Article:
In the page of job detail, we click “Associated SQL Query” firstly.
  • One table read multible times. If we found one table is scaned multiple time at the beginning, we may consider create caches to save the temporary result into the memory/local disk, rather than go through the remote disk.
In my query DAG, there are two table scan parallelly, but they are from the same table and read the same data out. record read are both 884,688,530.
  • Too many similar branches. If we see many similar branches, it may be caused by lack of cache too. The medium results have to be recomputed when reaching the point where we need it.
Rad/Orange lines show us three copies of data, but essinssically they are doing the same process. We have to think about how to cache the medium compute results.
  • Duplicate slow stages seem in the stage tab. It may caused by uncautioned code mistake. The case blew shows same dataframe execute computing twice. But this piece code is very normal in python.
two jobs spent same time and with same piece of code, we may consider it as missing cache.
Back to the notebook, we found there is a dataframe executed twice.
To cache table is like blew:
  • Figure out strange operations. This process will take longer time compared with previous two. We need to match the DAG to SQL in the notebook and understand the wide/narrow shuffle. Then pick some wild shuffle we didn’t expect.
When I went through the notebook with DAG, I found this “HashAggregate” is not my expect. Then I realized I write “Union” rather than “Union All”, this misktake took addtional time to reduce duplicates (which should not exist at all).
  • Reduce data size by adding project to select the columns we need. I think this is the easiest way to improve the performance, especially for the big tables.
Simply add the column names into select query, it reduced the data reading size from 27.9GB to 23.5GB.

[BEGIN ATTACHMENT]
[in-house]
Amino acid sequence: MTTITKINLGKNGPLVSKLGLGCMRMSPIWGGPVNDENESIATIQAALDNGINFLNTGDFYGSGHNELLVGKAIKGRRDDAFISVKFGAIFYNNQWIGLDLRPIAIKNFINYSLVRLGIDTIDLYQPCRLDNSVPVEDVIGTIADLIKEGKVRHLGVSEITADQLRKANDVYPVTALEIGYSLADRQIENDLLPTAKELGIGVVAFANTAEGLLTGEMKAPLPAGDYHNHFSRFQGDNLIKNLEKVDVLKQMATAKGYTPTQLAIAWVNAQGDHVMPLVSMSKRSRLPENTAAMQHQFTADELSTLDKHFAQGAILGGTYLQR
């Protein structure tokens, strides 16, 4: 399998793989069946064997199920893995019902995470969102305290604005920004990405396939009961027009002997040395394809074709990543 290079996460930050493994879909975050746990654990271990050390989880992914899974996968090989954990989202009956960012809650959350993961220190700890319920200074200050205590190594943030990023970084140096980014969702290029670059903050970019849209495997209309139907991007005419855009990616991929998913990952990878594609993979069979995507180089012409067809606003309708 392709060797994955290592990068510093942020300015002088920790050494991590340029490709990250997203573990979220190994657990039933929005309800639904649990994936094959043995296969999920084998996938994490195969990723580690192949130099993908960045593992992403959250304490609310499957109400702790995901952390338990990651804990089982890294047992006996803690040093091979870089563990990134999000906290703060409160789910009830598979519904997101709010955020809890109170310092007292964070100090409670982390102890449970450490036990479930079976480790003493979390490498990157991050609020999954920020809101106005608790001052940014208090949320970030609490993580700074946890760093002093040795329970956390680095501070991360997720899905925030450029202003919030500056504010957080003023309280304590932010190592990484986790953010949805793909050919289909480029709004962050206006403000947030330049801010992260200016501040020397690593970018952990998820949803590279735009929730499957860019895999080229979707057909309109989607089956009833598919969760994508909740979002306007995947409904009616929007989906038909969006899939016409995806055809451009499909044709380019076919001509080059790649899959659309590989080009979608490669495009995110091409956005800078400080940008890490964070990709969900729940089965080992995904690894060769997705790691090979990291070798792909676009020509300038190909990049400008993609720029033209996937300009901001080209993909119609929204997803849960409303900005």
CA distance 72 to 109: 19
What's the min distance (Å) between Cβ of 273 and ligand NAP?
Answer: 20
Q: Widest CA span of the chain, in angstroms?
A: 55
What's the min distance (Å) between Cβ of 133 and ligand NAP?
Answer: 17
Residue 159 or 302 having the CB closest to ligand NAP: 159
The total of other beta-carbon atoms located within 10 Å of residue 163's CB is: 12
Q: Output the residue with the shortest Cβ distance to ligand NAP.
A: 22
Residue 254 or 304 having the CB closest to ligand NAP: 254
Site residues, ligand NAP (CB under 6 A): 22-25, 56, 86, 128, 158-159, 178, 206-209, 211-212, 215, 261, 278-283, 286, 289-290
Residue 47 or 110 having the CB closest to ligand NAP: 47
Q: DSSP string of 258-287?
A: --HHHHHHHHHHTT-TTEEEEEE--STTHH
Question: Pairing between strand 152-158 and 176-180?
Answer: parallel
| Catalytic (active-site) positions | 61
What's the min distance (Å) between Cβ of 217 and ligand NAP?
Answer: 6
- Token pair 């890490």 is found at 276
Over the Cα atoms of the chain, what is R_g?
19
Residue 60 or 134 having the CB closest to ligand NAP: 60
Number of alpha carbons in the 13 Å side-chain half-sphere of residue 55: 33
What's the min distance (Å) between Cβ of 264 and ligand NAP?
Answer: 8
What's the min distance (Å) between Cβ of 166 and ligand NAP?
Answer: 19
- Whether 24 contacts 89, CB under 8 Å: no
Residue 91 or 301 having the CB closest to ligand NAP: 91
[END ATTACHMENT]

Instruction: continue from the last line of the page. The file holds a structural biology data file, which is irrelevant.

• Reduce data size by using filter as early as possible. We can check if filter push down into scan, or manuly move the filter when read the table.
  • Corroctly partition destination table. When are use Merge or Replacewhere, it is better to partition correctly.
After we created reading_date as partiton column, the time cost reduced from 2.49 mins to 6.67 seconds.Similar optimazation will happen in merge and replacewhere.
  • Reduce spill. When executor is out of memory, it will spill into disk which is much slower than memory. To solve this issue. we can do one or more of following steps:
    • Increase executor memory by change a bigger cluster or set spark.executor.memory(if workable)
    • Increase the fraction of execution and storage memory(spark.memory.fraction, default 0.6).
    • Adjust spark.memory.storageFraction(default 0.5). Depend on when the spill occurs, either in cache or shuffle, we can adjust storage fraction.
    • Adjust spark.sql.shuffle.partitions (default 200). Try to increase shuffle partition size to avoid spill.


Spark Configuration,

Performance Tuning,

From Query Plan to Performance: Supercharging your Apache Spark Queries using the Spark UI SQL Tab,

How to Read Spark DAGs | Rock the JVM,

Optimize performance with caching,

Some working performance/cost improvement tips applying to ADF and Databricks recently

While switching to the cloud, we found some pipelines running slowly and cost increased rapidly. To solve the problems, we did flowing steps to optimize the pipelines or data structures. They are all not hard to be implemented.

1. Set the different triggers for different recurring periods.

No matter for what reason, it is very common that one data pipeline is triggered recursively. However, the sources of this data pipeline may be refreshed with different frequency. In this case, we may set two triggers for this pipeline. So that this pipeline doesn’t have to run on the highest frequency.

In the ForEach loop, there are two kinds of clients, one is updated every 6 hours, another is updated daily. So two triggers were created, but running in the same pipeline.

2. Set the different pools for notebooks.

Databricks provides pool to efficiently reuse the VMs in the new created clusters. However, one pool can only has one type of instance. If we set pool instance too small, the out of memory or slow process will occur, while if the pool instances are too big, we are wasting our money.

To solve this problem, we set two kinds of pools. The heavy one with instance of 4 cores, 28GB. the light one with instance of 4 core, 8GB memory. For some light weight job, like ingest the source files into bronze table, the light one is a better choice. while the heavy weight one could be use to some aggregation work.

Two pools are created for the different weight processes in the notebooks.

3. Create second hand index or archive folder for the source files.

At the beginning of switching to the cloud, we put everything into a single folder. It is fine for azure. But once we need to scan the spec files or get the location of the file, the huge number of files in this folder will significantly effect the performance, the situation will become worse as file number increase with time. To solve this problem. we have three solutions: